By Claus Hetting, Wi-Fi NOW CEO & Chairman
In nearly 25 years of operation Wi-Fi Alliance has certified a staggering 80,000 products, Wi-Fi Alliance says. And the future for Wi-Fi continues to look bright, says Kevin Robinson, Wi-Fi Alliance CEO & President, pointing to strong interest in Wi-Fi 7 and plenty of new technology in the pipeline including AI, VLP, Matter, and more. More critical regulatory decisions on 6 GHz spectrum allocation await as WRC-23 approaches.
Perhaps the biggest tech Cinderella Story of all time – Wi-Fi – will be 25 years young next year and the evidence of success undeniable: Wi-Fi Alliance crossed the 80,000 Wi-Fi CERTIFIED products milestone in October and the demand for Wi-Fi shows no signs of letting up. Wi-Fi Alliance certifies 4,000-6,000 product models every year on average and they expect the introduction of Wi-Fi 7 certification – slated for before the end of first quarter of 2024 – to boost demand, Kevin Robinson says.
“Next year is going to be another good year for the industry with strong interest in Wi-Fi 7 growing. Once again – just like with Wi-Fi 6 – we expect the adoption of the new Wi-Fi 7 standard to be faster than for the previous generation. And don’t forget that the speed of Wi-Fi 6 adoption was impressive,” he says.
The past couple of years have been characterised by pandemic effects driving up new Wi-Fi product releases and associated certifications in droves. As employees return to offices the enterprise Wi-Fi equipment refresh cycle begins anew although some of it may shift to 2025, Kevin Robinson says. In the meantime there are plenty of exciting growth opportunities in other areas, he says.
One of the perhaps most exciting new initiatives is developing a standardised approach on how AI should interact with Wi-Fi. “We of course know that AI is already being applied widely by plenty of excellent Wi-Fi vendors in the enterprise and residential segments. What we’re looking to enable is a standardised way for Wi-Fi to interface with AI and ML engines. This will enable AI-powered Wi-Fi to scale to mass market dimensions and without a doubt deliver a better connectivity experience everywhere,” Kevin Robinson says.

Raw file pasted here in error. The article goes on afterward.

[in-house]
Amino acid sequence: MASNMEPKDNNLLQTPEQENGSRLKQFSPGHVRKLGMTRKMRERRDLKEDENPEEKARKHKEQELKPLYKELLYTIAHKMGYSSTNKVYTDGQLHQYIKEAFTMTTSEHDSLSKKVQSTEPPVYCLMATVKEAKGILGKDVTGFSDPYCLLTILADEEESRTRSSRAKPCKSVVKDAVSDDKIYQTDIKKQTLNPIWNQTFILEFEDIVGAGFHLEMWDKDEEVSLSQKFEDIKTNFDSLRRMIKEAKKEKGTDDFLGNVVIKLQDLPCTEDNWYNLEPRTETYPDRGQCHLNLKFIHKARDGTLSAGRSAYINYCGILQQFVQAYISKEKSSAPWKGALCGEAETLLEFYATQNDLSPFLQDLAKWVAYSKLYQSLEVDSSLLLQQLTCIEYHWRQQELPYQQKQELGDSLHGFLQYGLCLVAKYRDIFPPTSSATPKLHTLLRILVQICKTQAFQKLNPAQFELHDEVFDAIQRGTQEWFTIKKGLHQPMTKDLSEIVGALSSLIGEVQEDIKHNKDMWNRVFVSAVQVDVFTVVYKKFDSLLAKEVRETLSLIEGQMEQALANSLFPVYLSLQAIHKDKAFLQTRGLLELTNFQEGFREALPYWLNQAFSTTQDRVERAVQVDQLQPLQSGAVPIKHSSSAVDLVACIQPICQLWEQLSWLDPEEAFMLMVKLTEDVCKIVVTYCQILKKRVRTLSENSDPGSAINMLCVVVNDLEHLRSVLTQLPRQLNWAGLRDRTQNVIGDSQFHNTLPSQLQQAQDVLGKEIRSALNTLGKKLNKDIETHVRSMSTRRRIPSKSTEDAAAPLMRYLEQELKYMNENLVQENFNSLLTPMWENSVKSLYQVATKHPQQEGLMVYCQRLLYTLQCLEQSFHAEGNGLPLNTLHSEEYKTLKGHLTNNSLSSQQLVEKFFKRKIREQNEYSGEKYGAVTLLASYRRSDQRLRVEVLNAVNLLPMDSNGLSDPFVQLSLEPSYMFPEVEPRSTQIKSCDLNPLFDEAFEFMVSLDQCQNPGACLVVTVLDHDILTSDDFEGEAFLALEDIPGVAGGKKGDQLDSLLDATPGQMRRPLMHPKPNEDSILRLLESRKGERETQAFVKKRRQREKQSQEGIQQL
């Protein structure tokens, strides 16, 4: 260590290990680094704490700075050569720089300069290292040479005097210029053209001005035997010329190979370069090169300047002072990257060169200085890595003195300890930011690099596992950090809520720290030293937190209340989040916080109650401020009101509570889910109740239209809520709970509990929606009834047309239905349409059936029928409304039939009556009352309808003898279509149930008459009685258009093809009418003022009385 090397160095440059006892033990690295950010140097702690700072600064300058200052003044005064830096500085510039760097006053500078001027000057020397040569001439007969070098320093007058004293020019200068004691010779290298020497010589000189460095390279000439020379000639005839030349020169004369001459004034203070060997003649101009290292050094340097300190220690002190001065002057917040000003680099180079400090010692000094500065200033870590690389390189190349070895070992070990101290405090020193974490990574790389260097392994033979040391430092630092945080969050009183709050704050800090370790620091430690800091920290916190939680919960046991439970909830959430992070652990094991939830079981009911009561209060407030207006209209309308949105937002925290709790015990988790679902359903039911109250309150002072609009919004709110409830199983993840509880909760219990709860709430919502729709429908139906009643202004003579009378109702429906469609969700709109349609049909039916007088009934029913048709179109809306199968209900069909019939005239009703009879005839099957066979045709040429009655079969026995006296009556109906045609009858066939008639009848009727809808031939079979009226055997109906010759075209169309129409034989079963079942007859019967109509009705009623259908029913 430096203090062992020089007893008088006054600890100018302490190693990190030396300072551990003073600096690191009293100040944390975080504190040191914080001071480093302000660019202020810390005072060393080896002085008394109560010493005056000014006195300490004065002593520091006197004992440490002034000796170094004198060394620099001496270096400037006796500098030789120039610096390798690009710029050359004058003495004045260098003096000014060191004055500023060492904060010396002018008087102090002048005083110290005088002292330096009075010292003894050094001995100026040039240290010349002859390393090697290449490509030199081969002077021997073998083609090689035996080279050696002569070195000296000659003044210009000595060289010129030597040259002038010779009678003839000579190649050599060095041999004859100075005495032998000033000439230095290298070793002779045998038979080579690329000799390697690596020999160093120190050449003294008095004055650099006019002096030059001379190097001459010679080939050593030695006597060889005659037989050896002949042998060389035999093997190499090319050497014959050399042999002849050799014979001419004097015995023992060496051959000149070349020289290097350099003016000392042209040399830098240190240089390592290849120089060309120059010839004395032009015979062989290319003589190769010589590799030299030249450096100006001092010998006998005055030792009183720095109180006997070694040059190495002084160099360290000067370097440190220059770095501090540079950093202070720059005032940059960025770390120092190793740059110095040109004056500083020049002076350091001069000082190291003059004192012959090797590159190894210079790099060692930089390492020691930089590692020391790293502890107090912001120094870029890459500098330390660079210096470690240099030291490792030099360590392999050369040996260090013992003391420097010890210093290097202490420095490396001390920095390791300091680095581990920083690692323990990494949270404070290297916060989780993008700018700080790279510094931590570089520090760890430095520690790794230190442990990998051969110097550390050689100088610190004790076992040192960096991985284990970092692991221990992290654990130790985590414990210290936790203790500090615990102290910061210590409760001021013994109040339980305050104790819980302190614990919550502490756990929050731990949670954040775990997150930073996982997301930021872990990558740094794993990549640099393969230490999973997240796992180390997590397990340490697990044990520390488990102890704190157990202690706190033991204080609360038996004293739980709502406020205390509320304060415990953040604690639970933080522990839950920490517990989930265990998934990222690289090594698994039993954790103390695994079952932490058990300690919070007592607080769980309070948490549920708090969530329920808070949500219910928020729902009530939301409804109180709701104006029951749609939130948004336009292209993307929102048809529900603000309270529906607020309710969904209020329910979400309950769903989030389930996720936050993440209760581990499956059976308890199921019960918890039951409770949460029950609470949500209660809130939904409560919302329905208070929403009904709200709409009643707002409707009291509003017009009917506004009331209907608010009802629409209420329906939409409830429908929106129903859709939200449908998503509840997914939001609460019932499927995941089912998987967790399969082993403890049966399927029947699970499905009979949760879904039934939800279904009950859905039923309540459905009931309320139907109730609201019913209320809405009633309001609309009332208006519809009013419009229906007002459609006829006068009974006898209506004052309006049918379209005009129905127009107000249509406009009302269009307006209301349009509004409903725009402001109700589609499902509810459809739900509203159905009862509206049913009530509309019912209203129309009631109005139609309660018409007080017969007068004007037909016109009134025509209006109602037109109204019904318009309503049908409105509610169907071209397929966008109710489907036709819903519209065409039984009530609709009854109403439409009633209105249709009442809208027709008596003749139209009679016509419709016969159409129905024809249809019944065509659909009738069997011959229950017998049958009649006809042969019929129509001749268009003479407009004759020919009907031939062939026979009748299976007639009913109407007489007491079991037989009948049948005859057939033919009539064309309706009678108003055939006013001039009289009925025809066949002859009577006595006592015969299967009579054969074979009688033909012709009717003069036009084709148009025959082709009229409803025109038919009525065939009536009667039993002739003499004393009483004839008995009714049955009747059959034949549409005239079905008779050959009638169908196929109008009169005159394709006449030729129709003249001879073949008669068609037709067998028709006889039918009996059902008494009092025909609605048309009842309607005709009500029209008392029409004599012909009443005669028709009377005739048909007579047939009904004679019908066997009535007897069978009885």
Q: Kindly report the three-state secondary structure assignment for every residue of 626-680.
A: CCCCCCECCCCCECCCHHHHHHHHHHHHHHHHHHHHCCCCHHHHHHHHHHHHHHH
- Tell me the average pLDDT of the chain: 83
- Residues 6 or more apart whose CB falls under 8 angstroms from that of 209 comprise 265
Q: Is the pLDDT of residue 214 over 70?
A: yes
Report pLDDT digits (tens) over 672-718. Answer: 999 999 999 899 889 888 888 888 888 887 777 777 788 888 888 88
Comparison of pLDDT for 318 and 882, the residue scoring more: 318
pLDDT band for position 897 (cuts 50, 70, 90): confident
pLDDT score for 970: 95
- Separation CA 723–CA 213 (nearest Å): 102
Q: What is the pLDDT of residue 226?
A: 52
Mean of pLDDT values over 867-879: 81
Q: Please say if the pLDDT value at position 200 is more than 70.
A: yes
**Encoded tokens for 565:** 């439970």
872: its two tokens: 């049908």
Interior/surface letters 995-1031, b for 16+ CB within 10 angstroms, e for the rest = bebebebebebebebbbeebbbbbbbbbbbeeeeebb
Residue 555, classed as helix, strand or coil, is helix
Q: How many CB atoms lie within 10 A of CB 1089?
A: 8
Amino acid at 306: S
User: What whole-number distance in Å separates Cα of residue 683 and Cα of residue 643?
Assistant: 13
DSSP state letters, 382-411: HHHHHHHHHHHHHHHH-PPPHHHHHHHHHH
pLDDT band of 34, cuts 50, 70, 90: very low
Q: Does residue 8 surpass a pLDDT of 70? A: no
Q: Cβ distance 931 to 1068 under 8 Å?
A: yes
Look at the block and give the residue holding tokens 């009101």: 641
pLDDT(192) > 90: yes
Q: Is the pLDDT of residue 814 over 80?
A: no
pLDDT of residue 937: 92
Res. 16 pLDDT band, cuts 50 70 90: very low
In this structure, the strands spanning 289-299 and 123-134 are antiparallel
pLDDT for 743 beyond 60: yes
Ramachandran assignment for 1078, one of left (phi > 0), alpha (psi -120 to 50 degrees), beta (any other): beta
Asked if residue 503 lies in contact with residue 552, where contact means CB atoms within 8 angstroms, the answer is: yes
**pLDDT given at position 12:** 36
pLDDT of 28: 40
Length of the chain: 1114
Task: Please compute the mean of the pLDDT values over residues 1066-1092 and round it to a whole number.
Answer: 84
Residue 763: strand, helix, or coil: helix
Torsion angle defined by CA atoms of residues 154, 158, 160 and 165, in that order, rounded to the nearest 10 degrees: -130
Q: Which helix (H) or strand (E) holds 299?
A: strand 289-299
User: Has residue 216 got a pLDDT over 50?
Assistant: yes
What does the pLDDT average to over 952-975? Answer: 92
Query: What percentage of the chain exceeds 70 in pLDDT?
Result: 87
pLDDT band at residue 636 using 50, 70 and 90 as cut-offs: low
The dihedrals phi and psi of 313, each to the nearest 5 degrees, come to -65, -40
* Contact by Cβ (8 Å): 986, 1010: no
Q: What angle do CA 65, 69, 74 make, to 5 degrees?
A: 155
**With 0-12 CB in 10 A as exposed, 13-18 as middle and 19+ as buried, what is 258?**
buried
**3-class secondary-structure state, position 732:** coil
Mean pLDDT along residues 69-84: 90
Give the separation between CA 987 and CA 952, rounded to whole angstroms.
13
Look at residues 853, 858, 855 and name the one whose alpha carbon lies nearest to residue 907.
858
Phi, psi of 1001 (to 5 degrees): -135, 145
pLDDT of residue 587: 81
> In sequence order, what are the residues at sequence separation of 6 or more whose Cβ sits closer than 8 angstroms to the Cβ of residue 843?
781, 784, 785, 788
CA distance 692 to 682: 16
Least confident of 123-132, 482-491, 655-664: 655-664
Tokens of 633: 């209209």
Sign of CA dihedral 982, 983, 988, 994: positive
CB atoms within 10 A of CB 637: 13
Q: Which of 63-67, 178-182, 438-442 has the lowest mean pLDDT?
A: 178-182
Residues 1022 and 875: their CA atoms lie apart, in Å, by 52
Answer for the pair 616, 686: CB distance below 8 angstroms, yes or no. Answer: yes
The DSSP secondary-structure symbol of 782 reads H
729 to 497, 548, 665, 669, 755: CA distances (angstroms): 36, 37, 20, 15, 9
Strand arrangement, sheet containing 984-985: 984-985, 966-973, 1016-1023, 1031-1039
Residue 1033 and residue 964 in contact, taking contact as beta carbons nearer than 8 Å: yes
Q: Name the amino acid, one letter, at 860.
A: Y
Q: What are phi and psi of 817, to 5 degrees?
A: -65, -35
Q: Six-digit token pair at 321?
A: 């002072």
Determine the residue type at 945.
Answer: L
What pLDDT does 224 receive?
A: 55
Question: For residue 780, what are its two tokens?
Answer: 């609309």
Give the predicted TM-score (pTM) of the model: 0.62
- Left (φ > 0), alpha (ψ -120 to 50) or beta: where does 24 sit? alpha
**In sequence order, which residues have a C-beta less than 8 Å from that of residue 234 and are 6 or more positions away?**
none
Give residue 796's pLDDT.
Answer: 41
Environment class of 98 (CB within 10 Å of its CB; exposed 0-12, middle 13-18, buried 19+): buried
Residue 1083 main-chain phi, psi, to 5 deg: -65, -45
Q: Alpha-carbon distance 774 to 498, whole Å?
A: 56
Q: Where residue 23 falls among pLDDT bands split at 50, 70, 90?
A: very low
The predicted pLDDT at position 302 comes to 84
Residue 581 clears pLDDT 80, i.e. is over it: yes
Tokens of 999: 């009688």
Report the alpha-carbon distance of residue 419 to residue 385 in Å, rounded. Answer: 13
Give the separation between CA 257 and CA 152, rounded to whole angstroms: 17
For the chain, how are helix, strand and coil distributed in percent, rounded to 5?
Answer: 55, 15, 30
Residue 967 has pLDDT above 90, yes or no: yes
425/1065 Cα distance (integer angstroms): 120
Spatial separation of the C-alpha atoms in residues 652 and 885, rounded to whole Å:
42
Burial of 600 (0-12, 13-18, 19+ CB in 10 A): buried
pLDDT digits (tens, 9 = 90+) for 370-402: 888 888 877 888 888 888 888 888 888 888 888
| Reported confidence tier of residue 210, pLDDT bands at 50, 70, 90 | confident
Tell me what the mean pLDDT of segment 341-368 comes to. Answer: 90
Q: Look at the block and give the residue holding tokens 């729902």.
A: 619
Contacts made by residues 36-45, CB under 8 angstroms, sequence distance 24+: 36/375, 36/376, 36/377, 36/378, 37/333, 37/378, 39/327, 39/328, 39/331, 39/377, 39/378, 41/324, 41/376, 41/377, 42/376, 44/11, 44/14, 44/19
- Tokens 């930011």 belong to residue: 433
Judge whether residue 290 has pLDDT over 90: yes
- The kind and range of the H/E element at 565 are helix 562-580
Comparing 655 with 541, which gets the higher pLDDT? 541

He also points to VLP – Very Low Power Wi-Fi – as an exciting new growth area. VLP Wi-Fi is expected to connect XR devices and wearables, and even enable more short-range smartphone connectivity. “One of the most interesting VLP use cases is automotive, where VLP connectivity can be used both for in-car infotainment and for things like sensors determining the health and consumption of the vehicle, and more. Meanwhile regulators in the US are already starting to look into permitting higher power limits for VLP. There’s tremendous potential and interest in this space,” he says.
Other growth areas include smart home IoT in part driven by the newly released matter standard. “Matter is really about reducing barriers to entry and it is a very positive development for Wi-Fi because most smart home IoT connectivity is Wi-Fi. With matter, home automation is now no longer the domain of DIY-enthusiasts. It is for everyone. And that opens up big markets,” Kevin Robinson says.
And as the World Radiocommunication Conference approaches – it is only days away now – Kevin Robinson is very optimistic that the regulators of the world will recognise the huge value of 6 GHz spectrum – and make the right decisions for the future of connectivity across the globe.
“Ultimately – no matter what happens at WRC-23 – we believe the move towards full band 6 GHz Wi-Fi in much of the world is inevitable. And to substantiate this we will be demonstrating 6 GHz connectivity at the event. I especially want to point out that we’re doing demos with real commercially available equipment. There is nothing theoretical about 6 GHz Wi-Fi. It is here now. It works precisely as intended, and it will deliver enormous value to every country and region who chooses to enable it,” he says.